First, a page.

Irritated, Winter Skin: Is It A Rash or Something Else?
Table of Contents
As weather conditions change, people with sensitive skin may start developing instances of itchy skin. Outside of winter skin irritations, itchy skin is usually caused by a lack of moisture. In the summer, the air is humid, alleviating the need for heavy moisture. In the winter, most people start seeing common signs of dry, itchy, and scaly skin as the environment becomes colder and drier.
There are other skin conditions that can cause dry and itchy skin or a skin rash. While it may be a simple rash, the symptoms could indicate the presence of eczema or psoriasis.
What is Eczema?
Eczema is a skin condition that causes dry, itchy, and inflamed skin. Individuals with eczema (also called atopic dermatitis) can be caused by genetics or other triggers like stress. It has a rash-like appearance that can cause the skin to become inflamed and discolored, create rough patches of skin that feel leathery, scaly skin, skin patches that are crusty or oozing, and swelling in those areas. There are a couple types of eczema to be considered.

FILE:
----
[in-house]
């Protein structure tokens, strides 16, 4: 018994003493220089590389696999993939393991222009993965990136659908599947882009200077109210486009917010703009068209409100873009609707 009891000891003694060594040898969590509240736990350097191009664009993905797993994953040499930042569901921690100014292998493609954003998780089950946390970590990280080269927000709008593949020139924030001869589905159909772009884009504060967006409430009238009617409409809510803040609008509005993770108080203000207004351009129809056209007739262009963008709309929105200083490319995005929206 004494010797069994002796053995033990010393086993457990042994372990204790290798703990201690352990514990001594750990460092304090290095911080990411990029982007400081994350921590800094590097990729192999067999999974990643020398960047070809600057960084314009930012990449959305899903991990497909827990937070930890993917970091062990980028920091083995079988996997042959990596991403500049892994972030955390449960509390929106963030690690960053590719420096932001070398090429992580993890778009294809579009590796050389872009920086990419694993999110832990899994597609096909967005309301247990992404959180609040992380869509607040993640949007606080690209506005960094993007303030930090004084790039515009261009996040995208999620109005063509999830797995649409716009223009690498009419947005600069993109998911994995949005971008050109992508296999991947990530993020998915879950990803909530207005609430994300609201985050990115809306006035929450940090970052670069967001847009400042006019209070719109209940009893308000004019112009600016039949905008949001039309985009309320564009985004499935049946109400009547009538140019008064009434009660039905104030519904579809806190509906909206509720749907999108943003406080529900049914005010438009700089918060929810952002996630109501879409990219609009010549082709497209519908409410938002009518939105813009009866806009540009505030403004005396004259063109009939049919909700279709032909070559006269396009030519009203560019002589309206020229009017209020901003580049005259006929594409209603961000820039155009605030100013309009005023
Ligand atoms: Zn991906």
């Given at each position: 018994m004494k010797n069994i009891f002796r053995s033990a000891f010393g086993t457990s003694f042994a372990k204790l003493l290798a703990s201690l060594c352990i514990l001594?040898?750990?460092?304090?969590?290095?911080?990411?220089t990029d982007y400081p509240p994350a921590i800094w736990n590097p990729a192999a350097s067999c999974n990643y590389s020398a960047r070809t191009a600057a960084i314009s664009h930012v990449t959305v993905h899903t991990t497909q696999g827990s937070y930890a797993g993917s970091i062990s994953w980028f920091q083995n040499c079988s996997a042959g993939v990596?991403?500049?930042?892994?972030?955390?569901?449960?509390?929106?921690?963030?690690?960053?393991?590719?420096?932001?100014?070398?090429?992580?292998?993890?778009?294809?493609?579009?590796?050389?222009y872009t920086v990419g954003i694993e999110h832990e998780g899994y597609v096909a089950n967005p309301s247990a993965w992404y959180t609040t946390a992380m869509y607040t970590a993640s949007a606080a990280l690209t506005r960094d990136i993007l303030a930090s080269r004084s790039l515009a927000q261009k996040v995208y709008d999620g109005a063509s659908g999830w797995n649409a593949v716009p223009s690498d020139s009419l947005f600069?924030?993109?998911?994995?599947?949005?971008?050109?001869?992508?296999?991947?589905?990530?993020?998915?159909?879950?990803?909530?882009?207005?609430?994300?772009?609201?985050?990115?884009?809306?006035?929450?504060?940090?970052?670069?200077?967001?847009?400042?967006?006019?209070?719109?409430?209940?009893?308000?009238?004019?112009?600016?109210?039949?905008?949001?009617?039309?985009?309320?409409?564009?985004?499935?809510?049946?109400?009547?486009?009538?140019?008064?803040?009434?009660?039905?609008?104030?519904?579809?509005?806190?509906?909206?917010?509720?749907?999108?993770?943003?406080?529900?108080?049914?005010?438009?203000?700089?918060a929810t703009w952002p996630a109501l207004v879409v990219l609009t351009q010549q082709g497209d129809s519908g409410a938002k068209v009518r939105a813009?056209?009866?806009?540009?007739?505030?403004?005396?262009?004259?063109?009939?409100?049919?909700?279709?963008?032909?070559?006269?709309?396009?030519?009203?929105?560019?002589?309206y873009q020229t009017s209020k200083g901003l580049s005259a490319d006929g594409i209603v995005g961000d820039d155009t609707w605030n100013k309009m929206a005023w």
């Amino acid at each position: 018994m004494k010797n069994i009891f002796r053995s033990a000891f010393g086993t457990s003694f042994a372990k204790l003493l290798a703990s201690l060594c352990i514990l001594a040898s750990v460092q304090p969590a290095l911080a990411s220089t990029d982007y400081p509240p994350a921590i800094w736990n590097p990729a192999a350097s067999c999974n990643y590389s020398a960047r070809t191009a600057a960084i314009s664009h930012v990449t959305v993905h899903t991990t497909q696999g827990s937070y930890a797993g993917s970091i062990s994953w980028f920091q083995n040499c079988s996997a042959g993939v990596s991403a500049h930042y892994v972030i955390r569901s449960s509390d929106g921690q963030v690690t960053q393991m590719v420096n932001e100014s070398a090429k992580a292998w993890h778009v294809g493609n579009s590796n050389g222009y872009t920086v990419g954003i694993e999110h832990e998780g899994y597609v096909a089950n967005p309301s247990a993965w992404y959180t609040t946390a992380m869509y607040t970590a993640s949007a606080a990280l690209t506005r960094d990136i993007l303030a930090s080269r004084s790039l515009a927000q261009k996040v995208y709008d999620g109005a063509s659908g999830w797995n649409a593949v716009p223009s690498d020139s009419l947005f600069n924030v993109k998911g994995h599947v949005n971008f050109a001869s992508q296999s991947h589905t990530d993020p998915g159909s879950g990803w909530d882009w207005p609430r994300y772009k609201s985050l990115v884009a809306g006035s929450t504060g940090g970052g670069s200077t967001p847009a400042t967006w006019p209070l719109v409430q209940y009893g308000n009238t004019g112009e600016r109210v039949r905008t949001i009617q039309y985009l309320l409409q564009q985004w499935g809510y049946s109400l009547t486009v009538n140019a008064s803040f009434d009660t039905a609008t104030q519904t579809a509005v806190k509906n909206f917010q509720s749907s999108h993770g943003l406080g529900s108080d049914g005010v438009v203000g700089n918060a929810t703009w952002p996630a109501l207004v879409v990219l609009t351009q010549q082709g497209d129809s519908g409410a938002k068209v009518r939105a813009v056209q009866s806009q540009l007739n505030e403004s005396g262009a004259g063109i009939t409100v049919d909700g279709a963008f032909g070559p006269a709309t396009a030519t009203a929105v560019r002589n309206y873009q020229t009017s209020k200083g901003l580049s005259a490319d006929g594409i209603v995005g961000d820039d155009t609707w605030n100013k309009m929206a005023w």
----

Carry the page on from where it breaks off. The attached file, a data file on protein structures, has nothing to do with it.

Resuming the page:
Intrinsic eczema develops through the immune system and is the most common. This type of eczema can start from birth, causing babies discomfort and red, itchy skin. Individuals with intrinsic eczema are usually present throughout childhood with symptoms getting better with age. According to Dr. Barrick of Akron DSC, “Intrinsic eczema looks like dry, flaky skin that affects the creases of the elbows and back of the legs. The most common symptom is itching of the skin.”
Asteatotic eczema, another type, is very common during the winter. This leaves the sky really dry, itchy and cracked. You may find more elderly people with this type of eczema. People who are in low humidity areas, or individuals who use a lot of soaps and detergents, or excessively bathe are prone to this type of eczema.
Although it is common for eczema to get better with age, there are instances where this is not the case. “We skip about 20 to 30 years and don’t have a lot of problems and then boom, we hit our fifties or sixties and it starts to come back, or they develop new-onset intrinsic eczema,” says Dr. Barrick. Seeking dermatology assistance can help.